As part of this experience, companies are turning to lean manufacturing to improve productivity. The participation of Irish managers and employees in adopting modern efficiency techniques has helped to position Ireland as a center of operational excellence, achieved through advanced practice of Lean, Six Sigma, Kaizen and Kanban.
While the availability of a trained, efficient workforce has certainly powered the manufacturing revival in Ireland, productive collaborations between industry, academia and government play an essential role in further driving a rich, knowledge-based economy.
For example, the National Institute for Biotechnology Research and Training, established by IDA Ireland, facilitates collaboration among four leading academic centers on research and training programs, designed to ensure an ongoing supply of skilled workers. These symbiotic relationships are framing a dynamic, knowledge-sharing infrastructure. Another example of this is the Materials and Surface Sciences Institute (MSSI) and iComp, a further research center working in the area of composite materials at the University of Limerick (UL). These have been developing research linkages with both multinational and Irish companies as they develop new products and processes in an area of strong future growth. There have also been direct investments by companies such as United Technologies Research Centre (UTRC) from the U.S., which has established itself beside the campus of University College Cork (UCC), working in the areas of energy and security research.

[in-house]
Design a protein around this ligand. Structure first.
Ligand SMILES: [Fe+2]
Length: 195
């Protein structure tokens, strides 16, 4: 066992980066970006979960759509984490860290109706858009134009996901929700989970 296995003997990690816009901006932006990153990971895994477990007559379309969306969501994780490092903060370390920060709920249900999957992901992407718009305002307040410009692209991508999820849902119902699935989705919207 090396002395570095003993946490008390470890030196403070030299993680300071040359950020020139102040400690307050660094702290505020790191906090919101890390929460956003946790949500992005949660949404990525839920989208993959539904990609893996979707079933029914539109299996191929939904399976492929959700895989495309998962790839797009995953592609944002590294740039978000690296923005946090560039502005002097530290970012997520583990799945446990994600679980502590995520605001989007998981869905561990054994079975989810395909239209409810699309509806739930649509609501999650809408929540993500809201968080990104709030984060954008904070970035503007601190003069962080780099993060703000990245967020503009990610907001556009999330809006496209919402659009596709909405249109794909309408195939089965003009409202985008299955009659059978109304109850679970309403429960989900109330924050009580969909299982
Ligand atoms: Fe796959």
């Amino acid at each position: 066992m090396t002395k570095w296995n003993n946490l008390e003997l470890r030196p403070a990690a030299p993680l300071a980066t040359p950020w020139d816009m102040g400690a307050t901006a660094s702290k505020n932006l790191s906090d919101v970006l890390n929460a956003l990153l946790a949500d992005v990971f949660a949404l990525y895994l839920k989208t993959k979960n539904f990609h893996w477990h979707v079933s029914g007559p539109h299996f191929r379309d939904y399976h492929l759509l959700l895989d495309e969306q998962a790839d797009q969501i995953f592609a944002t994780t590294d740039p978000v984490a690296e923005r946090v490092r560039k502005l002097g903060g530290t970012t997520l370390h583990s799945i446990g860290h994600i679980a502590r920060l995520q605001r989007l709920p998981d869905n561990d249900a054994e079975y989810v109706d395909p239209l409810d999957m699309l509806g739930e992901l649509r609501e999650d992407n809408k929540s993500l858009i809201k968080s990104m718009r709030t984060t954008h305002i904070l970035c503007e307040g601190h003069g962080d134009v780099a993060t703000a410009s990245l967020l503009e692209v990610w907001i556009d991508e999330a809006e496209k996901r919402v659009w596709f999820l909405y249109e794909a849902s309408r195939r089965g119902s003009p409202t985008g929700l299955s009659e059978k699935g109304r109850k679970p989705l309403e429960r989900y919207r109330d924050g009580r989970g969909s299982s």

From Intel and Apple to Lufthansa and Liebherr, by way of Medtronic and Boston Scientific, multinationals are recognizing the value of Ireland as an optimal canvas to conduct high-value manufacturing activities in engineering and the sciences. The manufacturing sector may be stagnant in many parts of the world, but the renaissance in Ireland is empowering manufacturers to thrive, and given current trends, will continue to generate significant growth.
Tommy Fanning is senior vice president, manager, Engineering & Diversified Industries Division, IDA Ireland, the Irish inward investment agency. His team is responsible for building the national strategy as it relates to the development of engineering and the broad industrial products sectors for international companies in Ireland.